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Staying healthy away from home

Access to familiar foods and exercise can make staying healthy a challenge in a strange country

How did you find staying healthy in your new home compared to your country of origin?

Our group didn’t flag any big issues with health care. This may be that as children in a new country, our group were less likely to be aware of how health care or treatment was organised, accessed or paid for. One theme is the ease of exercising in a warmer climate – which in turn makes it cheaper - and the freshness of food in some countries.

Carly: “Food is much fresher in Portugal than England”

Lucy: “I had access to Forces health care so, if anything, it was better when I was abroad [than in the UK]!

Austeja: “Staying healthy in the UK has been very hard. During my teens in Lithuania, my parents encouraged a healthy lifestyle. Since I moved to the UK I have been eating a lot of unhealthy food and doing minimal exercise. The food in Lithuania traditionally is much healthier and there is less junk food.”

Tom: “On reflection, it was probably easier to stay healthy [in the Middle East than in the UK]. The weather was better so we spent more time outdoors and there were excellent leisure facilities. Health care was excellent when we needed it.”

Methee: “Considering how globalised the developed world has become, I don't think location is an excuse for poor diet and exercise. As for health, it depends where you live. It is more difficult to avoid disease in tropical countries.”

Nina: “I’m all for universal health care. For example, I still marvel at being able to simply walk out after seeing my GP or not having to pay for birth control. I do find that even small criticisms of the UK’s NHS go down very badly with Brits. It’s as though I shouldn't have an opinion because I’m not from here.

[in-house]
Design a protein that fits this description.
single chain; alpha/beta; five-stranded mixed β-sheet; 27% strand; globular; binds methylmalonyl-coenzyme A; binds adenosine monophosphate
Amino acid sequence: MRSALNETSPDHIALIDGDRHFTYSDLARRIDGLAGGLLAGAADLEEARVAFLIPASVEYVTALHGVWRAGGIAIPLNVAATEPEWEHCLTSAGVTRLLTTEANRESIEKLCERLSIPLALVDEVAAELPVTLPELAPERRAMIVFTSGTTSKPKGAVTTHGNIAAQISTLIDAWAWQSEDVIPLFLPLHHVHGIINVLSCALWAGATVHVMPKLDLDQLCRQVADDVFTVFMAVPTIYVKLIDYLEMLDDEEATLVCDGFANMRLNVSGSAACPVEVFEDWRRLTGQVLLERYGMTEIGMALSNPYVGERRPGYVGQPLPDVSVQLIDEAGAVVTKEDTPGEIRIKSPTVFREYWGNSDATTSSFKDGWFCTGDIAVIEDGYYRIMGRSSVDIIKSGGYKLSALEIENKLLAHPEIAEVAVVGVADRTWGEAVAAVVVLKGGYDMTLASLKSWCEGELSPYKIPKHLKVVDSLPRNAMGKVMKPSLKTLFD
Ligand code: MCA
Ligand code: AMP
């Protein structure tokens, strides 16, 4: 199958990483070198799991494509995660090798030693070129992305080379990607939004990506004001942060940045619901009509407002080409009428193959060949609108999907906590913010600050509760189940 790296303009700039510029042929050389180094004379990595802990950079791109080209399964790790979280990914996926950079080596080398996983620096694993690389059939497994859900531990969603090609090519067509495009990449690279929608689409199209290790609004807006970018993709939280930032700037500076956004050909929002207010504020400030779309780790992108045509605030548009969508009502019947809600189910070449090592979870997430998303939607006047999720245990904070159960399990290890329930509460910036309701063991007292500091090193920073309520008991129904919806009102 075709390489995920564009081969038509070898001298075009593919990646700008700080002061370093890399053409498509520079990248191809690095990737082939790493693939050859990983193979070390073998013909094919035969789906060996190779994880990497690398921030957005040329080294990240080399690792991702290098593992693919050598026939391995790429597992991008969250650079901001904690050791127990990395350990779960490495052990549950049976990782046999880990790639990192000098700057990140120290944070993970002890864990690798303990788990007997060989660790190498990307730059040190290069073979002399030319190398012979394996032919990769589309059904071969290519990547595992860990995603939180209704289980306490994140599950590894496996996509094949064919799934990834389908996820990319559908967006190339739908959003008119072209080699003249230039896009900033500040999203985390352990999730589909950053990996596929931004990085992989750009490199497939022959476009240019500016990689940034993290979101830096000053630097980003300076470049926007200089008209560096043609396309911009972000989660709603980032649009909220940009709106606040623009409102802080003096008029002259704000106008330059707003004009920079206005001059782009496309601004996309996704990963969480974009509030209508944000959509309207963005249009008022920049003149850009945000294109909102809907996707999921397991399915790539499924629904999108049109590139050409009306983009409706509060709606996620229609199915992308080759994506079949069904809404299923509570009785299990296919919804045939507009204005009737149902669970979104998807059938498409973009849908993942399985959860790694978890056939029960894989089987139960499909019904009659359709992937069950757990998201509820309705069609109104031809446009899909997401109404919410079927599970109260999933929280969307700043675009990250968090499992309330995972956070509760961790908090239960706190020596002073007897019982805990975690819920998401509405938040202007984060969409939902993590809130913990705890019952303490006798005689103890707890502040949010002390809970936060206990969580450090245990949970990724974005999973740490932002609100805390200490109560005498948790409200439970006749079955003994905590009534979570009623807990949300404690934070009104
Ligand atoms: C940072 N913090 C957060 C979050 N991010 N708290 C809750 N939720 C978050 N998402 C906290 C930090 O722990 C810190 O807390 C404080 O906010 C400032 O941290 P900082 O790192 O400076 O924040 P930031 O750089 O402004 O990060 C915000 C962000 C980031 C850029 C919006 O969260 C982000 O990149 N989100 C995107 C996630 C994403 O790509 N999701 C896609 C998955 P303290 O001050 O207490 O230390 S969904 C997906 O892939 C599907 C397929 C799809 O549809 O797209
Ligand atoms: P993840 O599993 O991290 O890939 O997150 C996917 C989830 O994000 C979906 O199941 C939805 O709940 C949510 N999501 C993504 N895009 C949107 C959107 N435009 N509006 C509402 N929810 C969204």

“I also go to the doctor at home [Costa Rica] because it's good quality and quick.”

Kim: “In Germany, I grew up in the countryside and used to go horse riding. My parents tried to give me the same opportunities in the UK, however it was too expensive so I didn’t do it for long. Now I run.”

“I feel like the German system was a less over-crowded system than the UK. The UK system also seems old. I remember having my ears cleaned by a doctor in Germany who had tiny tools. In the UK they used a pressure pump which made a hole in my ear drum. It seems hard to get to see a doctor let alone a specialist, but it might be the same in Germany now.”

Girls playing in the pool Girls playing in the pool

“It's more expensive trying to stay healthy here [in Australia] than in other countries I've lived in. Gyms and healthy food cost a fortune. Alcohol and junk food are cheaper. No wonder there is a rise in obesity. However, health is very important to me so with a little financial redistribution I am investing in better quality foods and a good gym.

The healthcare system here reminds me of the UK... much of Australia's government systems are based on the UK so there's not too much difference, and as I've experienced healthcare in the UK I didn't feel any 'shock' when I moved here.”

Jimmy: “It’s harder to stay healthy [in the UK] due to the weather. In Dubai, you’re making the most of the outdoors.”

Lisa: “We had everything paid for privately in Hong Kong - and of course we have the wonderful NHS here in the UK. I remember signing up to my new GP in Belfast and thinking the facilities weren't as good - but that was just a materialistic teenage view. I now appreciate our health care system here so much, especially having recently had my daughter.

“Hong Kong was much warmer [than Belfast] so I swam every day and played loads of sport. Most of that stopped when I moved back to Belfast.

“Food was much fresher in Hong Kong: more market based rather than supermarkets. We had access to varied cuisine too, from Thai to Chinese to Indian, all of which I ate from toddler age.

“I remember there were concerns about young kids taking drugs at my school in Hong Kong. To the extent that they actually introduced random drug testing for some year groups. It never got this bad in the UK. I think it was all down to rich kids being given lots of money by their expat parents, instead of time and attention. Local drug dealers saw those kids as easy prey. A year after I returned to the UK a guy I knew overdosed.”

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